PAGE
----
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Home » Vision Therapy » Primitive Reflexes – Accommodative Esotropia

Primitive Reflexes – Accommodative Esotropia

AdobeStock 25555 I recently had the opportunity to witness the amazing transformation of a young boy who was struggling with his gross motor skills and eye movements. What is important is the fact that he is a true testament to the power of post-motor and primitive reflex integration therapy.

When he first came to see me, he was six years old and had already been diagnosed with accommodative esotropia, a condition where the eye turns in due to the inability of the eye muscles to focus properly. He had poor language skills, couldn’t read, and was not matching his peers in various skill sets. It was clear that he needed help, and we immediately got to work.

One of the things that stood out to me was the fact that he couldn’t walk until he was 18 months old. This was a clear indication that his gross motor skills were underdeveloped. We focused heavily on gross motor skills in the first eight sessions. We did activities such as Spiderman crawling, making a Superman pose, bear walking, hopping, and more. Exercises like these eventually helped him learn how to stand on one foot for at least 3 seconds, clap in unison, and crawl symmetrically.

After just eight sessions, the young boy’s grandfather noticed that he had a flatter stomach and had built up a lot of muscle. This was a clear indication that the gross motor skills we had been working on were having a positive impact on his physical development. We haven’t even moved on to eye therapy, which would aim to improve his eye movements and reduce the frequency of his eye alternations.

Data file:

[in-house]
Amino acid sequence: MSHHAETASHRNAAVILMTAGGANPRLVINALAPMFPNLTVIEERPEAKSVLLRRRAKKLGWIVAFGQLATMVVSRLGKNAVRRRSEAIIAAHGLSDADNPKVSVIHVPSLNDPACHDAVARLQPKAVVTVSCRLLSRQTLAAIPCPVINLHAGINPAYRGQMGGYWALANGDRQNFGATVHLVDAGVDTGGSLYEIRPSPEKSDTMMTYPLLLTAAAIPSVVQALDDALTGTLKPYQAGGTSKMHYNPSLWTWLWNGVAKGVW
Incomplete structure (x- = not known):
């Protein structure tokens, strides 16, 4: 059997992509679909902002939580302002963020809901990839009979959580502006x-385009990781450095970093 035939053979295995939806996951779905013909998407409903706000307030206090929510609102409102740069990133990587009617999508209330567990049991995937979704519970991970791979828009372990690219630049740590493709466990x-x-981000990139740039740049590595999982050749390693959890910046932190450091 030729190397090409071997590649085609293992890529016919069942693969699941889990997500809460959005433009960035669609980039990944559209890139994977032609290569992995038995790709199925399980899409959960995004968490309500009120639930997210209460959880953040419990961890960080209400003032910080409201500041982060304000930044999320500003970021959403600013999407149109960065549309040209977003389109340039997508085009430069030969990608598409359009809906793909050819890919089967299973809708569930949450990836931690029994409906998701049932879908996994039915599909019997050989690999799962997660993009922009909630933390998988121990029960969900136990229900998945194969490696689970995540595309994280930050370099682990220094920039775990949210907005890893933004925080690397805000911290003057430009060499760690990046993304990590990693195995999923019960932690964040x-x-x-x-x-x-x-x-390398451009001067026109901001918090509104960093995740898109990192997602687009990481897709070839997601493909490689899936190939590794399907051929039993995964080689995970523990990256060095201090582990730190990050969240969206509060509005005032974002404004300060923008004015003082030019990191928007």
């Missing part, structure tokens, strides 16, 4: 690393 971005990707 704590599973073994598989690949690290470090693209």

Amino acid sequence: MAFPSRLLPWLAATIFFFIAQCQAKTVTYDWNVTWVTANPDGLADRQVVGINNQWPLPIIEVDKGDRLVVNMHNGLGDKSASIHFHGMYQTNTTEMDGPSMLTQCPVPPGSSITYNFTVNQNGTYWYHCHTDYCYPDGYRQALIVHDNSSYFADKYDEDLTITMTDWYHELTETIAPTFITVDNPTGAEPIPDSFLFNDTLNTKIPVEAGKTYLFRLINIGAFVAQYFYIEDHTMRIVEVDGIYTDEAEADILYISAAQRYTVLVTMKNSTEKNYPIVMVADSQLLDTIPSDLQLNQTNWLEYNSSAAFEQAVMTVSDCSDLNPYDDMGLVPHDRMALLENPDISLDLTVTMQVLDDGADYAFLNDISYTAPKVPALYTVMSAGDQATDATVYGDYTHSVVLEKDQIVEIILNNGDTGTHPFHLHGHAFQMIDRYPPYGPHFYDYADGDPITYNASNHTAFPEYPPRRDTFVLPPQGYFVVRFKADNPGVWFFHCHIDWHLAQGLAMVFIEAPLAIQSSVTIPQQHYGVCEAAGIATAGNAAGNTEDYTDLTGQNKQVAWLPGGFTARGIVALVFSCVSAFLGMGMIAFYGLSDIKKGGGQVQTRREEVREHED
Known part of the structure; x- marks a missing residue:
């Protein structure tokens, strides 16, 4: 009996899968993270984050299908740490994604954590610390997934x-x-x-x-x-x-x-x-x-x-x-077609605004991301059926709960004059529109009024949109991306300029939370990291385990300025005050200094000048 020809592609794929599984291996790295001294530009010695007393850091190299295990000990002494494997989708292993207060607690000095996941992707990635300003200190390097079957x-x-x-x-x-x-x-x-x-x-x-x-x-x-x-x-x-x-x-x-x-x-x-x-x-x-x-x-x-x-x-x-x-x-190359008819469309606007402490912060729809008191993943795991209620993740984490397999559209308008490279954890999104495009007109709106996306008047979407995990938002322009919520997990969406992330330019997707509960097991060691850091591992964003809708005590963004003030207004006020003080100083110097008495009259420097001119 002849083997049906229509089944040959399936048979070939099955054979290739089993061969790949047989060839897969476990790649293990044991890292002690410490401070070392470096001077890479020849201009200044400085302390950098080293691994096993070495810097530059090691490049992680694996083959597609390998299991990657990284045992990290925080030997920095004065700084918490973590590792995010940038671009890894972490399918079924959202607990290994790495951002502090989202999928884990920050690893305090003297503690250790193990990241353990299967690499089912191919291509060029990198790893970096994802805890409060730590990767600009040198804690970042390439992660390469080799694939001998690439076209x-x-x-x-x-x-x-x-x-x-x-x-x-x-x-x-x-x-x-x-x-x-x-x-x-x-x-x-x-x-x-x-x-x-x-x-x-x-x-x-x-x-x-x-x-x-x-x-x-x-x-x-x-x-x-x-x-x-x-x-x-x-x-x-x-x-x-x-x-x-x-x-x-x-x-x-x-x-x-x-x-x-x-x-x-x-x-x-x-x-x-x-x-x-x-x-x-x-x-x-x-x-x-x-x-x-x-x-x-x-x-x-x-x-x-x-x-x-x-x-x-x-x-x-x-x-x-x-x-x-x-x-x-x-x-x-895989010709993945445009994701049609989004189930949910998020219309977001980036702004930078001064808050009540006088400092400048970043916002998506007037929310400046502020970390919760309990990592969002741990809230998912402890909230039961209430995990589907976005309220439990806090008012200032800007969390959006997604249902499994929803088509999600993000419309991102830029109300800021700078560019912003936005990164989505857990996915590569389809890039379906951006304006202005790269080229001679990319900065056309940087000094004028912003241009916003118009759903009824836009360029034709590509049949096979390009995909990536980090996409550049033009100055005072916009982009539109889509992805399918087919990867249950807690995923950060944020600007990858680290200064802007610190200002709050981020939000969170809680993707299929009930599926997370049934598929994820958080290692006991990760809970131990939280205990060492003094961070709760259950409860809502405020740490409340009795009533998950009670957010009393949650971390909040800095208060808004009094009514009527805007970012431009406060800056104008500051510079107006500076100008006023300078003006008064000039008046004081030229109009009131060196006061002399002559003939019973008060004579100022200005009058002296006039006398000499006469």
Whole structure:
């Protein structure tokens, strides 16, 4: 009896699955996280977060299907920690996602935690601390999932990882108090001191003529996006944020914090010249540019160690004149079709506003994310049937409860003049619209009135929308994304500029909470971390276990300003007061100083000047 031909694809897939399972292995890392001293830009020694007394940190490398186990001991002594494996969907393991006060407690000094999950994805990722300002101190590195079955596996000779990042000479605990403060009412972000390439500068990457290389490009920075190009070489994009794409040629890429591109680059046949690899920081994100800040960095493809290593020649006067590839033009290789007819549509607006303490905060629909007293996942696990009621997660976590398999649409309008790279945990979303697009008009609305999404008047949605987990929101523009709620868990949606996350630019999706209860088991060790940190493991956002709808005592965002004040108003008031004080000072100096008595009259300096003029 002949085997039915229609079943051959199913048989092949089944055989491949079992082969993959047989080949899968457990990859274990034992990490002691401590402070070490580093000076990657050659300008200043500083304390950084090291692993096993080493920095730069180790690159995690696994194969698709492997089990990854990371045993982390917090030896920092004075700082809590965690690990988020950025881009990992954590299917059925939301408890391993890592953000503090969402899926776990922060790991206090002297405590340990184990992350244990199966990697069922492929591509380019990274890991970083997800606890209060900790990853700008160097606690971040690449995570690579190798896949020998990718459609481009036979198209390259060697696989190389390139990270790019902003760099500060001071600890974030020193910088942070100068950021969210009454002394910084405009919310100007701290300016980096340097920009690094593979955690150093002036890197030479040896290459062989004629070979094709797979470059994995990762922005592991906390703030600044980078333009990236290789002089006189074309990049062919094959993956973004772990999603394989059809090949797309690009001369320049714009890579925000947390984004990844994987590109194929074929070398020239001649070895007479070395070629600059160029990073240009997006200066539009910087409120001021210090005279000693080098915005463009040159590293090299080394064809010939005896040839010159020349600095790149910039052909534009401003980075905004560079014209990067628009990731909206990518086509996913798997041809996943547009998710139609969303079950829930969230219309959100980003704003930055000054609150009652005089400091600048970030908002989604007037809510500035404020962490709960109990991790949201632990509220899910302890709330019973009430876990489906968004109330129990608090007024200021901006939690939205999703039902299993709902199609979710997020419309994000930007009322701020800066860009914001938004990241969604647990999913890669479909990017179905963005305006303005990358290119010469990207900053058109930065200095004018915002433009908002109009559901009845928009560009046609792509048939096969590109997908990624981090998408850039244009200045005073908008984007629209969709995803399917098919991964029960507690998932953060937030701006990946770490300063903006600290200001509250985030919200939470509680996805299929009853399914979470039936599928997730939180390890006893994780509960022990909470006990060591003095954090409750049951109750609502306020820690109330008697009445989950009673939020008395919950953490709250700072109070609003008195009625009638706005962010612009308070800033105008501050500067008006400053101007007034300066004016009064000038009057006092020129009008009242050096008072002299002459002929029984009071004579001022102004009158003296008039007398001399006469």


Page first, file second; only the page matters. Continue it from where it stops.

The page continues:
What I found most fascinating about this case was how much the young boy’s progress in gross motor skills helped to improve his eye movements. Big muscles teach small muscles how to do things. With a good gross motor foundation, small muscles will automatically kick in, including the eye muscles.

Although this case is still in progress, I can already see the incredible impact that post-motor and primitive reflex integration therapy has had on this young boy’s life. He is no longer struggling with his gross motor skills and is making progress with his eye movements. This is a true testament to the power of this type of therapy and the importance of getting kids to be active.

If you have a child who is struggling with strabismus, consult a developmental optometrist for a functional evaluation to see if vision therapy can help. It can make a world of difference in their development and overall quality of life.

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